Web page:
- Sexual problems may become apparent if a man with Asperger's Syndrome has not received adequate sex education at an earlier age. In some cases, he learns about sex by looking at pornography on the Internet. If he tries to repeat such scenes with his partner, it can lead to great confusion.
- Social activity may be limited. The wife of a man with Asperger's usually forms his social circle while he stays at home.
- Some men with Asperger's syndrome come to a secluded lifestyle, they are beginning to be called "hermits", "recluses". They seem to find it easier to live this way, and they feel more at ease than when they face the complexities of interpersonal relationships on a daily basis.
- Some men with Asperger's would prefer to have a confirmed diagnosis, while others would prefer to live the same lifestyle as before. However, some people deny the possibility of having Asperger's and get offended when someone brings up the subject.
- Some men with Asperger's Syndrome become permanently defensive over time and find it difficult to confront or discuss things with them. It is often the result of bullying and isolation from peers at a younger age.
- Teamwork can create problems. A man with Asperger's works better if he has his own office without noise and distracting social interaction.
- When courting a girl, a man with Asperger's syndrome comes across as quiet and reserved. In marriage, these qualities can become a cause for disagreement, because his wife will be disappointed by his lack of sociability.
In addition to the above, some men with AS have the following traits:
- Often they are "in their own world".
- Attention narrowly focused on his interests.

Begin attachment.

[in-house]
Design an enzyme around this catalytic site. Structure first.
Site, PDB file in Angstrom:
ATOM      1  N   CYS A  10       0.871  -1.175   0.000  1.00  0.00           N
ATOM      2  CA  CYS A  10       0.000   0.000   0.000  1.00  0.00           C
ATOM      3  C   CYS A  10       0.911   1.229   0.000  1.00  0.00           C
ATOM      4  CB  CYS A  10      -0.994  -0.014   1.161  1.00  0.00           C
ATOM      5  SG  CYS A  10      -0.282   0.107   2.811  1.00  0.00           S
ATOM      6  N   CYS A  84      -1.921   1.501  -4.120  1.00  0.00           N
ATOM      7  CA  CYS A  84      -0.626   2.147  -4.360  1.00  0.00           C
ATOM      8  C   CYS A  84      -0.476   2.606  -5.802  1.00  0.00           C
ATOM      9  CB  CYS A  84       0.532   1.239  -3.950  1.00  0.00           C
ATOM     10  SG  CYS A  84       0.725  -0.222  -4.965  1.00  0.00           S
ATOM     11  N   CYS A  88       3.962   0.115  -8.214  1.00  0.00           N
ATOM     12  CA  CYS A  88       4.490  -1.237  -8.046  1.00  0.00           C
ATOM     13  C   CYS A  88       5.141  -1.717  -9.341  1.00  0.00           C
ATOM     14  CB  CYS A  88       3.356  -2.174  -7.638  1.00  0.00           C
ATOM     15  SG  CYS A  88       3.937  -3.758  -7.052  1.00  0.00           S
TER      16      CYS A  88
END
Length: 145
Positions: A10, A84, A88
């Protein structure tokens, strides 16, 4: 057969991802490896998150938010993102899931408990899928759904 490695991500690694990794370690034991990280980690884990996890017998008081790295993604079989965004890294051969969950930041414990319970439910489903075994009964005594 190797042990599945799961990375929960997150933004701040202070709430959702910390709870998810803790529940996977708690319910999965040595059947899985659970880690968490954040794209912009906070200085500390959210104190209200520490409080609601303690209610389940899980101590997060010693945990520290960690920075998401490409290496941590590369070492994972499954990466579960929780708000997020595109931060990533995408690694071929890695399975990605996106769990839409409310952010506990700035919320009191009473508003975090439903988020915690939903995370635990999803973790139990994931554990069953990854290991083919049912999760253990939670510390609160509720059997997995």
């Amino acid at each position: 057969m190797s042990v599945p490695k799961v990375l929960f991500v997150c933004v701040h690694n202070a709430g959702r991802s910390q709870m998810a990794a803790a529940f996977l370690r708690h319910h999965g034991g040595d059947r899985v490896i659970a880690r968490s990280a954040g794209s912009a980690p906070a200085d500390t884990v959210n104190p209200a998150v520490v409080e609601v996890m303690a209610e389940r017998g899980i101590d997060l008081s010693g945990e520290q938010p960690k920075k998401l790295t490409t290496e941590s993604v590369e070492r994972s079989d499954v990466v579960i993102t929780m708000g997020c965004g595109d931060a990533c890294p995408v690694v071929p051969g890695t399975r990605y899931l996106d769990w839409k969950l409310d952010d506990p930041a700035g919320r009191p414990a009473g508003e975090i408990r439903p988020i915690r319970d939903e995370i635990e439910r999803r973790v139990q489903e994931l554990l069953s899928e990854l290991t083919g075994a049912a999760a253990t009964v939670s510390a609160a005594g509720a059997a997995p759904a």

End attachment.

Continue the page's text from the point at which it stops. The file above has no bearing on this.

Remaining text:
- Possibly suffering from obsessions.
- Very preoccupied with their plans.
- Can be very critical of themselves and others.
- Very unhappy when others ask them for clarification or some sympathy.
- Engaged in some business (sometimes divorced from reality) for hours without a break.
- Can pester friends by asking them to confirm they are "normal".
- Can often be physically and emotionally distant.
- Can sit in the library for hours, pursuing their special interest.
- Collect items.
- Desire friendship and social contacts, but with difficulty establishing and maintaining them.
- Difficulty understanding the feelings of others.
- They don't always recognize people by sight (even some family members).
- Find emotions confusing and uncomfortable.
- Great difficulty with small talk and idle chatter.
- Have a strong desire to communicate something, because of which they may appear dull or offend.
- Intense passion for one or two subjects.
- Lack of empathy at times.
- Lack of interest in other people.
- Preferences can be very rigid.
- Limited interests.
- They are clumsy, have poor coordination of movements.
- Feel oppressed by their partner's need for communication.
- May have a stony, expressionless face most of the time.
- Have difficulty saying "I love you" and showing physical affection.
- Have a great need to leave and be alone.
- Eccentric people.
- Occasionally experience idiosyncratic attachment to inanimate objects.
- Difficulties with the implementation of the curriculum despite a high level of intelligence.
- Perhaps they don't try very hard to keep their friendship.
- "Hang out" in social situations.
- Problems in non-verbal communication (eg, difficulty understanding body language, facial expressions, and tone of voice).
- They often feel that their partners are ungrateful and irritable when they complain (eg "you don't care about me" or "you never listen to me").
- Often take words personally.
- Preoccupied with their plans.
- Repetitive routine, rituals.
- Inflexible social behavior due to an inability to automatically adapt to changes in social situations.
- Sensitivity to product consistency.
- Single-tasking (monotropism).
- Peculiarities of language and speech or developmental delay of speech at an early age.
- Great sensitivity to sound, touch, taste, sight and smell.
- Preoccupation with unusual problems.
- Use repetition of words (for example, they can repeat what you just said).
The information in this article is in no way intended to force you to abandon a relationship with a man with Asperger's Syndrome. As stated above, all of these traits are components of the disorder. Men with Asperger's Syndrome often go out of their way to make themselves look better in relationships. But unfortunately, all too often their "neurotypical" (i.